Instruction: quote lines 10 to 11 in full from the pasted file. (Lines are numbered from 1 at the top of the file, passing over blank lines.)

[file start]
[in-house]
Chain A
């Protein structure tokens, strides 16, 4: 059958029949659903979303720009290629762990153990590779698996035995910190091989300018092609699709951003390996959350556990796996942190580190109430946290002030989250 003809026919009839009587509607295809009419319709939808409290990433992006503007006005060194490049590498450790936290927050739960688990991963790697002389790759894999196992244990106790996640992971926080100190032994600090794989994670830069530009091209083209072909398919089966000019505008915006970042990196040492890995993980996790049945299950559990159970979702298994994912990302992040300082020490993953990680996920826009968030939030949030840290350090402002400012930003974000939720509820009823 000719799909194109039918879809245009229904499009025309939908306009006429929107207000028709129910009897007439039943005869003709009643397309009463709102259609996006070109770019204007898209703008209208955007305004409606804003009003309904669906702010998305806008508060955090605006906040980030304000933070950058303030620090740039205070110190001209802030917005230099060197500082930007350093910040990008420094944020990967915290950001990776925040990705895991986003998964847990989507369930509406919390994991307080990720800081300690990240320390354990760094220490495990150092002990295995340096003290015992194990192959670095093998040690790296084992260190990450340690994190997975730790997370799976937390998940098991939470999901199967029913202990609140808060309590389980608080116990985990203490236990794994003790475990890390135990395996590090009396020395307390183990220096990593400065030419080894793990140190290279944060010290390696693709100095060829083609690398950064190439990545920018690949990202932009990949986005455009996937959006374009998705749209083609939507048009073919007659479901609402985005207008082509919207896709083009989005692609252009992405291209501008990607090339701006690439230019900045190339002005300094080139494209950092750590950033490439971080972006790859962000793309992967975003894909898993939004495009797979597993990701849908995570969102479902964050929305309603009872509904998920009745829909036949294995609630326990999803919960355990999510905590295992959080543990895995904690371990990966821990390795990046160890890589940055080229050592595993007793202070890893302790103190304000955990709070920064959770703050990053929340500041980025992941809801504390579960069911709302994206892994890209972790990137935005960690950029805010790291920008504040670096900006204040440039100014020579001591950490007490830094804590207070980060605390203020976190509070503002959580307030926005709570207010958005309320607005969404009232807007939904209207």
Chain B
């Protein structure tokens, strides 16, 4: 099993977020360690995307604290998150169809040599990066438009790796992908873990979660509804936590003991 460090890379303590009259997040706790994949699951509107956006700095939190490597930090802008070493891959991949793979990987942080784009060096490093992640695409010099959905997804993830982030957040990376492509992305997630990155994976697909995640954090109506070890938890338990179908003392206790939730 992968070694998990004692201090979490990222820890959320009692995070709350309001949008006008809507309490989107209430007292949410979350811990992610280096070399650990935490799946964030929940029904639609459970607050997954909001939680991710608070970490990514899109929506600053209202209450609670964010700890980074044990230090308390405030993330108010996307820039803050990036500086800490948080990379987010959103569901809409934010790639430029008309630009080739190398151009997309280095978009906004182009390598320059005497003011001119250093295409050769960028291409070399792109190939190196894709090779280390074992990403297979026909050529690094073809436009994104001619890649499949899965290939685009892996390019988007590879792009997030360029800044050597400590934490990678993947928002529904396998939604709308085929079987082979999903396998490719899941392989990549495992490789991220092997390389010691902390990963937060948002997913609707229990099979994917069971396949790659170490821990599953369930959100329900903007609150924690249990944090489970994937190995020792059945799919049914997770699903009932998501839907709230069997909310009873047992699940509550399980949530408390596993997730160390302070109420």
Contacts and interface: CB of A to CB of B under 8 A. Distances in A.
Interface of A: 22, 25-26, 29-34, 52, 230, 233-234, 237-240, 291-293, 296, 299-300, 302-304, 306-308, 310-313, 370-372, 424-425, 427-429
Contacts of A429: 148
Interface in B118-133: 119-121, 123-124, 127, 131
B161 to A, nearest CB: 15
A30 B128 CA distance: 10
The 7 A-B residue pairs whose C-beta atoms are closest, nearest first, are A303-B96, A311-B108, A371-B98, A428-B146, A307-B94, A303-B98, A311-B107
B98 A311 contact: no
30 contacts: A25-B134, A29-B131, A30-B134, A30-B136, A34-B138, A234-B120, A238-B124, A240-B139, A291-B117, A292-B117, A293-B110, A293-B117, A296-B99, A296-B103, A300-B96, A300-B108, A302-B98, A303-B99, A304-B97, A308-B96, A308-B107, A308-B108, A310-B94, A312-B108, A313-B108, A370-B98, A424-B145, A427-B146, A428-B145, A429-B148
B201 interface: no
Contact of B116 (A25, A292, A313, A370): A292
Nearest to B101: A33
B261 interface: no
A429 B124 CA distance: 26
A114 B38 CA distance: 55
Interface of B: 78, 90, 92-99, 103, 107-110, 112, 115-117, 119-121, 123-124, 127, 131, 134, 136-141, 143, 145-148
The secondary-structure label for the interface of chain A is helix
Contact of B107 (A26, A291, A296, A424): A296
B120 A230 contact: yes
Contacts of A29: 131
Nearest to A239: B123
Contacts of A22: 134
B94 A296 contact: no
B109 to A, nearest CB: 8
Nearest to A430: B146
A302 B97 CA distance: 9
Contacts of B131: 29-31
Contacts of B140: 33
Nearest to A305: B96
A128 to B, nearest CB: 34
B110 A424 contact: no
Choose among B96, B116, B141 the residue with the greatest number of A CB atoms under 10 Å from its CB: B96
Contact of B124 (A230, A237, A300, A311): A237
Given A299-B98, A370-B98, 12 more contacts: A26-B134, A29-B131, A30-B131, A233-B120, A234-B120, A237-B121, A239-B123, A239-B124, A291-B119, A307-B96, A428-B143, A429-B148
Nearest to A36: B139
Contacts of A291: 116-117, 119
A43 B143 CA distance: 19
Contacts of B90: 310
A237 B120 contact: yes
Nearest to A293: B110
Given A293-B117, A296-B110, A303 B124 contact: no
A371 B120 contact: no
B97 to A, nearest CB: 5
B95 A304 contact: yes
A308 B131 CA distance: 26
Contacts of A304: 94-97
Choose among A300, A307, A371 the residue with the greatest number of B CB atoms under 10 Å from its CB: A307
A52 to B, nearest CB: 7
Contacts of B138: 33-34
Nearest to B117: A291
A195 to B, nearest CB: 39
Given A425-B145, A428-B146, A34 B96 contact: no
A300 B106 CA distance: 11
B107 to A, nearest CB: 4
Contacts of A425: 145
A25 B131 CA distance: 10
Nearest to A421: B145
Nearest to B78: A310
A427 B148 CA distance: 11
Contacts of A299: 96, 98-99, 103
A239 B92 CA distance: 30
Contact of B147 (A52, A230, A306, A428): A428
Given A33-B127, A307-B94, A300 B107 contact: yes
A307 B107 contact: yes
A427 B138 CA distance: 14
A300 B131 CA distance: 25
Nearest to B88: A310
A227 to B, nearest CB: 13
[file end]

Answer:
B161 to A, nearest CB: 15
A30 B128 CA distance: 10